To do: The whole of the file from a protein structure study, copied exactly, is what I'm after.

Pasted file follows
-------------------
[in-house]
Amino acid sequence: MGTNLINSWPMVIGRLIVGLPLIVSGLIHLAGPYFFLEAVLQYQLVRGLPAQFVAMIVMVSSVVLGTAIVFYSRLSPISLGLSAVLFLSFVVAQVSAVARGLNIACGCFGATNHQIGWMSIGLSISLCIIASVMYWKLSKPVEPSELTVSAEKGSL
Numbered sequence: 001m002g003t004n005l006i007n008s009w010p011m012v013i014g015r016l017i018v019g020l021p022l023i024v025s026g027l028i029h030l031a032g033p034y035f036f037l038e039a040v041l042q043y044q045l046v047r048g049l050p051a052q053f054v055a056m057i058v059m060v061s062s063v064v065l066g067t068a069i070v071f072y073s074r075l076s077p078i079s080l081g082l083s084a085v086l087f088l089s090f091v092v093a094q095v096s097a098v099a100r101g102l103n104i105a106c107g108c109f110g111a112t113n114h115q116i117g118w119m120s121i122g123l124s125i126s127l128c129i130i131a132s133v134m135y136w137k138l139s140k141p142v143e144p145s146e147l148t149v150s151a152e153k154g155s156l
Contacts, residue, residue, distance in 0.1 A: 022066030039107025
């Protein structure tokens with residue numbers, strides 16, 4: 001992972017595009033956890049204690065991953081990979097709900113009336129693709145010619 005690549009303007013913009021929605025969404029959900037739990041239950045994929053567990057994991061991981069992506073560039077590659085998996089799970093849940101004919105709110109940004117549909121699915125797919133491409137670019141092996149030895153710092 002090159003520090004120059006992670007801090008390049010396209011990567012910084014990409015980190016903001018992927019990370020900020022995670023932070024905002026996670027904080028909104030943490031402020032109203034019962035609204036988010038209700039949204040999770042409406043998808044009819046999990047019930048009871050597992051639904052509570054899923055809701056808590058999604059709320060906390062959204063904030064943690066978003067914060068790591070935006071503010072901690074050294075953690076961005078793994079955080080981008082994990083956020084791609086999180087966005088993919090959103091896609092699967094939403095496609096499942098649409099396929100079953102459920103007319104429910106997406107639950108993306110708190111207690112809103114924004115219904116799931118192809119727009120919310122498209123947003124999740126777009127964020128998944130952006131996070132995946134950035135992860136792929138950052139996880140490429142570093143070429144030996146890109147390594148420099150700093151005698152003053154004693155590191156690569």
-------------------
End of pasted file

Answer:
[in-house]
Amino acid sequence: MGTNLINSWPMVIGRLIVGLPLIVSGLIHLAGPYFFLEAVLQYQLVRGLPAQFVAMIVMVSSVVLGTAIVFYSRLSPISLGLSAVLFLSFVVAQVSAVARGLNIACGCFGATNHQIGWMSIGLSISLCIIASVMYWKLSKPVEPSELTVSAEKGSL
Numbered sequence: 001m002g003t004n005l006i007n008s009w010p011m012v013i014g015r016l017i018v019g020l021p022l023i024v025s026g027l028i029h030l031a032g033p034y035f036f037l038e039a040v041l042q043y044q045l046v047r048g049l050p051a052q053f054v055a056m057i058v059m060v061s062s063v064v065l066g067t068a069i070v071f072y073s074r075l076s077p078i079s080l081g082l083s084a085v086l087f088l089s090f091v092v093a094q095v096s097a098v099a100r101g102l103n104i105a106c107g108c109f110g111a112t113n114h115q116i117g118w119m120s121i122g123l124s125i126s127l128c129i130i131a132s133v134m135y136w137k138l139s140k141p142v143e144p145s146e147l148t149v150s151a152e153k154g155s156l
Contacts, residue, residue, distance in 0.1 A: 022066030039107025
């Protein structure tokens with residue numbers, strides 16, 4: 001992972017595009033956890049204690065991953081990979097709900113009336129693709145010619 005690549009303007013913009021929605025969404029959900037739990041239950045994929053567990057994991061991981069992506073560039077590659085998996089799970093849940101004919105709110109940004117549909121699915125797919133491409137670019141092996149030895153710092 002090159003520090004120059006992670007801090008390049010396209011990567012910084014990409015980190016903001018992927019990370020900020022995670023932070024905002026996670027904080028909104030943490031402020032109203034019962035609204036988010038209700039949204040999770042409406043998808044009819046999990047019930048009871050597992051639904052509570054899923055809701056808590058999604059709320060906390062959204063904030064943690066978003067914060068790591070935006071503010072901690074050294075953690076961005078793994079955080080981008082994990083956020084791609086999180087966005088993919090959103091896609092699967094939403095496609096499942098649409099396929100079953102459920103007319104429910106997406107639950108993306110708190111207690112809103114924004115219904116799931118192809119727009120919310122498209123947003124999740126777009127964020128998944130952006131996070132995946134950035135992860136792929138950052139996880140490429142570093143070429144030996146890109147390594148420099150700093151005698152003053154004693155590191156690569």